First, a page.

See below for the details, and please consider the small print at the end of the column. Thanks to Milton Griepp and ICv2.com for the permission to use their figures. An overview of ICv2.com‘s estimates can be found here.

DC Comics Month-to-Month Sales: January 2011

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DC kicks off the year with a new sales record: Average numbers of the DC Universe line dropped by 21% in January, to 24,321 — the lowest number in the history of these charts, by about 4,000 units.

Traditionally a weak month in the comic-book market, January 2011 was even more of a downer than usual for DC. With only five titles selling above the 50k mark, average comic-book sales of the company at large fell to 21,922, the lowest figure since March 2009, while average Vertigo sales clung to the 10,000-unit mark, as they’ve done for the last three years.

The poor January performance of the DC Universe line comes thanks to three different kinds of erosion. First up, DC failed to get Green Lantern, Batman Incorporated and The Flash out of the door, three of its major titles, while a fourth one, Batman: The Dark Knight, was still late from December.

Second, DC is looking at a whole range of failing titles: Out of the 43 ongoing monthly DC Universe series currently on sale, eight have been marked for cancellation and won’t be around come June 2011. That’s almost 20% of the imprint’s regular output. And there are eight more — Doc Savage, The Spirit, T.H.U.N.D.E.R. Agents, Jonah Hex, Booster Gold, Power Girl, Zatanna and Gotham City Sirens — that look less than healthy and sell fewer copies than some of the ones that have already been axed.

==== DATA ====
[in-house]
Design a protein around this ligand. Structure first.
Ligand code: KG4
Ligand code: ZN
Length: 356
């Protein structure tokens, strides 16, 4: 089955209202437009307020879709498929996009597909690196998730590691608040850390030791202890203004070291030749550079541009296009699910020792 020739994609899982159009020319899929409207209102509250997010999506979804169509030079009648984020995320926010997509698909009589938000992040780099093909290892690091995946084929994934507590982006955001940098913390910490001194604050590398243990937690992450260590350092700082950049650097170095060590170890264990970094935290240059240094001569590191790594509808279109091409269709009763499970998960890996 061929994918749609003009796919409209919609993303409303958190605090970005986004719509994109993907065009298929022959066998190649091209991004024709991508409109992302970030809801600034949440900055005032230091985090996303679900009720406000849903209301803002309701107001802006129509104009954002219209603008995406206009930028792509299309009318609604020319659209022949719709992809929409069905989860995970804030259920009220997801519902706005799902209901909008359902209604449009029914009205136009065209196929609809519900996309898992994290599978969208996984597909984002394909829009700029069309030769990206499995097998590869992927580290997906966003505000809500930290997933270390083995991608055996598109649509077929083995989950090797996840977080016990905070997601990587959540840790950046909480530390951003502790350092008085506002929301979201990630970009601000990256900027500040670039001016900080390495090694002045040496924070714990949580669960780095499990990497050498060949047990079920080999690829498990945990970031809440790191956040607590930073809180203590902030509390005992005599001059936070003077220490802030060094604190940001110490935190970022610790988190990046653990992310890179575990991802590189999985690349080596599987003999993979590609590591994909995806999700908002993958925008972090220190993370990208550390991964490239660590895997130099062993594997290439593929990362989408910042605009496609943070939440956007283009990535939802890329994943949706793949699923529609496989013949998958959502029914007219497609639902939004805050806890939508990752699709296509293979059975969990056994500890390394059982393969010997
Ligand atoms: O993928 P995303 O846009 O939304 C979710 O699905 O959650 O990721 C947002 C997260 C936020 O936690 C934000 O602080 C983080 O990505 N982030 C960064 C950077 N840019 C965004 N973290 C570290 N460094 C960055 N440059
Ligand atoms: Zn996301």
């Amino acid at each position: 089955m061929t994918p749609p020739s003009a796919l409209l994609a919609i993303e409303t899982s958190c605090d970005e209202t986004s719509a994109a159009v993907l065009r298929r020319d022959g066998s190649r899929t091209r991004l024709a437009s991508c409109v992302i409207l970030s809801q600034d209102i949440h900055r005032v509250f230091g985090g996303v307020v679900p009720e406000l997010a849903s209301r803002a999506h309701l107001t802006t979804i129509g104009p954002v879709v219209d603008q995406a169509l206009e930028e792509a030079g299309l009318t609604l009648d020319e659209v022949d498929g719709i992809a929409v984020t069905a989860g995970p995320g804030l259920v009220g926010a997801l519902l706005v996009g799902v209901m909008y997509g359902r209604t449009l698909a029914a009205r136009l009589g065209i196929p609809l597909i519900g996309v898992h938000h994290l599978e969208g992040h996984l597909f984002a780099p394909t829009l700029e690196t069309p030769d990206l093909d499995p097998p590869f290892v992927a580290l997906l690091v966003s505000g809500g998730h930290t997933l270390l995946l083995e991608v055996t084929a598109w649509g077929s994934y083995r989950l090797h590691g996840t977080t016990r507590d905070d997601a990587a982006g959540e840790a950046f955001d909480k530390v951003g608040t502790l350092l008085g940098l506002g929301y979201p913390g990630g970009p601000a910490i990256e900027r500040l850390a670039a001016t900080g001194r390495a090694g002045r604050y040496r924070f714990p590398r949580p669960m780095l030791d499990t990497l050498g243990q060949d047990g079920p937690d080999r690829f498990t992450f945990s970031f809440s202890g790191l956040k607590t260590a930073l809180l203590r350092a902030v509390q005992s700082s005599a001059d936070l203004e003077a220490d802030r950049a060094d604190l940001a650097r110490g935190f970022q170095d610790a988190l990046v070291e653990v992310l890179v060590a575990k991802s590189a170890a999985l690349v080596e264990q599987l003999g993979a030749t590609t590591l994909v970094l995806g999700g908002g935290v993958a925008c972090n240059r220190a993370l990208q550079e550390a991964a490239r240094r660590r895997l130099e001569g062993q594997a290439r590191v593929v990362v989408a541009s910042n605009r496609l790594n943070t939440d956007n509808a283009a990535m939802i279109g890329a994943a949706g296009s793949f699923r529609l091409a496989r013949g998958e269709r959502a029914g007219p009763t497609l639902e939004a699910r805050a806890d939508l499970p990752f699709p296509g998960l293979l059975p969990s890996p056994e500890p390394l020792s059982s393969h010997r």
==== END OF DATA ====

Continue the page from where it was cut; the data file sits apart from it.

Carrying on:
At the tail end of the spectrum, finally, six former WildStorm titles were absorbed into the DC Universe line in January, where they end up being the six lowest-selling books and dragging down the average. (If WildStorm were still around, this would be another new low for them: The six books, one of which missed the charts altogether, have average sales of less than 4,000 units.)

So, for better or ill, 2011 is set to be a year of transition for DC, with some heavy lifting in the company’s periodical line.

See below for the details, and please consider the small print at the end of the column. Thanks to Milton Griepp and ICv2.com for the permission to use their figures. An overview of ICv2.com‘s estimates can be found here.

Just Mostly Gross, Funny Fun: An Interview with CHEW Writer John Layman

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On the occasion of the German edition of Chew, which recently debuted from Cross Cult Verlag, I had the opportunity to talk to Layman about the series, his prospects in the comics industry and his experiences at WildStorm. An abbreviated and translated version of the interview, which was conducted via e-mail over the course of several weeks, appears in Chew – Bulle mit Biss 1: Leichenschmaus. The book can be purchased here, here or here, among other places. (Disclosure: I’m the translator.)

DC Comics Month-to-Month Sales: December 2010

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by Marc-Oliver Frisch

On the surface, December 2010 was a great month for DC Comics. The company had a bigger share of the market than its main competitor Marvel, if only in terms of dollar value, and took all of the Top 5 spots on the chart, as well as a total 8 out of the Top 10. That doesn’t happen a lot.